Benin Soldiers Bronze Plaque
Benin Soldiers. The Benin Bronzes were created by the Edo people starting in the 13th century, and, in 1897, the British appropriated most of them. Two hundred of the pieces were taken to the British Museum in London, while the rest were split among other museums. Today, a large number are held by the British Museum and are on display in hall 25 (in the Africa wing). Other pieces are in the United States and Germany, among other countries.
The Benin Bronzes led to a greater appreciation in Europe of African culture and tribal art. Initially, it appeared incredible that people supposedly so primitive and savage were responsible for such highly developed objects. Some even concluded that the makers’ knowledge of metallurgy came from the Portuguese. Today, it is clear that the bronzes were made in Benin beginning in the 13th century and that a large part of the collection dates to the 15th and 16th centuries. It is believed that these two golden ages in bronze work occurred during the reigns of Esigie (c. 1550) and of Eresoyen (1735-1750).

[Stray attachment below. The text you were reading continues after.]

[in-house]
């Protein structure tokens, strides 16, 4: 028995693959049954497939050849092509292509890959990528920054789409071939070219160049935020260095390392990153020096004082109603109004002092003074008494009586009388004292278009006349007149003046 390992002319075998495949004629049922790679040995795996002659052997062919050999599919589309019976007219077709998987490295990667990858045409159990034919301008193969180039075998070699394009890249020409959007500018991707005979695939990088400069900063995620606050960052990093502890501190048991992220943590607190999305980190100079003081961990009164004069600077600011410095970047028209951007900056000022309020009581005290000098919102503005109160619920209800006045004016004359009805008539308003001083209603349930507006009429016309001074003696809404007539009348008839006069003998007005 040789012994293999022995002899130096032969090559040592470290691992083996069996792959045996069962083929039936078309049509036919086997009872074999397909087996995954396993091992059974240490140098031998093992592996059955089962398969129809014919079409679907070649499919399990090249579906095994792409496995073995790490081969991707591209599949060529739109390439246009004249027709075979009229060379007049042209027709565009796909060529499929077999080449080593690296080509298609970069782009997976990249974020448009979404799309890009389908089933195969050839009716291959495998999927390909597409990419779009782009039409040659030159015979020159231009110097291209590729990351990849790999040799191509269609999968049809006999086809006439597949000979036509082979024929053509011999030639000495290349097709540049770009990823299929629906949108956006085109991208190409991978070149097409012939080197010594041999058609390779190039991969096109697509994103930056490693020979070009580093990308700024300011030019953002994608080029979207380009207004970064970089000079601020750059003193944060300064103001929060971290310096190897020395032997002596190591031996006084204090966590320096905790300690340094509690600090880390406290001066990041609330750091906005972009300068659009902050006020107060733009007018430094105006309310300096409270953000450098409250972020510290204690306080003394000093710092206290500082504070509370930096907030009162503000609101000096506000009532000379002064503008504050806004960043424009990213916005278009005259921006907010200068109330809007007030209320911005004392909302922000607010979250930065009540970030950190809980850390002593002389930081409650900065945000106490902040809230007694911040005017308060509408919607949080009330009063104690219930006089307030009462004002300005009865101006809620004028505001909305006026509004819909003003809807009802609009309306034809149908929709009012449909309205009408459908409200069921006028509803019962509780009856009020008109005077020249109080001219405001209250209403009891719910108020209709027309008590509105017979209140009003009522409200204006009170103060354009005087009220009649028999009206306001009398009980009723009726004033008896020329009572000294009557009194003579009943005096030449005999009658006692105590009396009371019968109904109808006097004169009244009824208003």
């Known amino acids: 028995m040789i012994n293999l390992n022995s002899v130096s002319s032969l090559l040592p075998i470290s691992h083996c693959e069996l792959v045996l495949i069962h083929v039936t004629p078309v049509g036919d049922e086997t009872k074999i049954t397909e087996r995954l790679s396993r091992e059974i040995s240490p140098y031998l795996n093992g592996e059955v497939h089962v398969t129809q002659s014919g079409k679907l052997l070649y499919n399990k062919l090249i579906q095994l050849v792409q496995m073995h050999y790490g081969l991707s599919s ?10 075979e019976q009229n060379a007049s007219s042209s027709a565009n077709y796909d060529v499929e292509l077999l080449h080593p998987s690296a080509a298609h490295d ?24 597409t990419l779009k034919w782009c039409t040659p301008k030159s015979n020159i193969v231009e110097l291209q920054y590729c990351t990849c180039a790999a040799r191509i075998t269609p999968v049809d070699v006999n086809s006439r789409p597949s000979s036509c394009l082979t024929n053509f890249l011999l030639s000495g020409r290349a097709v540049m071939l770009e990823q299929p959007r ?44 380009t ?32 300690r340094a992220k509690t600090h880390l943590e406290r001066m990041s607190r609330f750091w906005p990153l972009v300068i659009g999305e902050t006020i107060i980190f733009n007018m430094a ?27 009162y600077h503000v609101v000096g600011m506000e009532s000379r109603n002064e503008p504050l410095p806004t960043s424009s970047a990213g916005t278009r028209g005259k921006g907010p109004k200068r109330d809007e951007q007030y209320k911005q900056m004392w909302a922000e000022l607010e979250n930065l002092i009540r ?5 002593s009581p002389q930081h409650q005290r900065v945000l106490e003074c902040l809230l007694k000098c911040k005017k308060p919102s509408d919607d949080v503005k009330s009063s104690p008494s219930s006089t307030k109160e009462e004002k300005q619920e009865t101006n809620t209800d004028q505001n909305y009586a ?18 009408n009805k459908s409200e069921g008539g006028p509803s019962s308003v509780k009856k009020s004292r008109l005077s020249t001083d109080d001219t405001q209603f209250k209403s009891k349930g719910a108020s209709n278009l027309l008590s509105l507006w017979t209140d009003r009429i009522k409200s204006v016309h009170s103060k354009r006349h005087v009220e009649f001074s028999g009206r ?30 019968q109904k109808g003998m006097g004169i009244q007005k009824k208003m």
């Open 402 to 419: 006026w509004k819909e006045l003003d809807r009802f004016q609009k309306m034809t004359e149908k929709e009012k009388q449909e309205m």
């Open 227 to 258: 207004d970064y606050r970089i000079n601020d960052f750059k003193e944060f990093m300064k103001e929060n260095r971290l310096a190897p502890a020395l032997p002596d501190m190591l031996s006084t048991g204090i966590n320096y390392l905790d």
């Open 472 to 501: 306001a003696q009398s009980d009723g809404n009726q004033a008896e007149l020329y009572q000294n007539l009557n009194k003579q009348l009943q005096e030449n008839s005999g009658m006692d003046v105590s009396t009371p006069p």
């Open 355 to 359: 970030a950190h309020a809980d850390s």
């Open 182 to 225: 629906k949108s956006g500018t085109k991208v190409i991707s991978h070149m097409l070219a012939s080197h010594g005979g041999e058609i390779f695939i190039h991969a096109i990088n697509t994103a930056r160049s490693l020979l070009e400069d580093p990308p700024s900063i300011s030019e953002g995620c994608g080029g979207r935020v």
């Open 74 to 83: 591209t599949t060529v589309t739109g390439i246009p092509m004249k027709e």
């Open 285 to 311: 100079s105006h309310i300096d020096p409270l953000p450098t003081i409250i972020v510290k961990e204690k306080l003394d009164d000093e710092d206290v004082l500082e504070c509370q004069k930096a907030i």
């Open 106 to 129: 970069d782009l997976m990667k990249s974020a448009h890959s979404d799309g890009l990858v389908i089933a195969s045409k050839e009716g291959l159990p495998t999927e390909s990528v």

While the collection is known as the Benin Bronzes, not all the pieces are made of bronze: there are also pieces made of brass, of a mixture of bronze and brass, of wood, of ceramic, and of ivory, among other materials. The pieces were made using lost-wax casting and are considered the best sculptures made using this technique. (Read more on Benin bronzes here)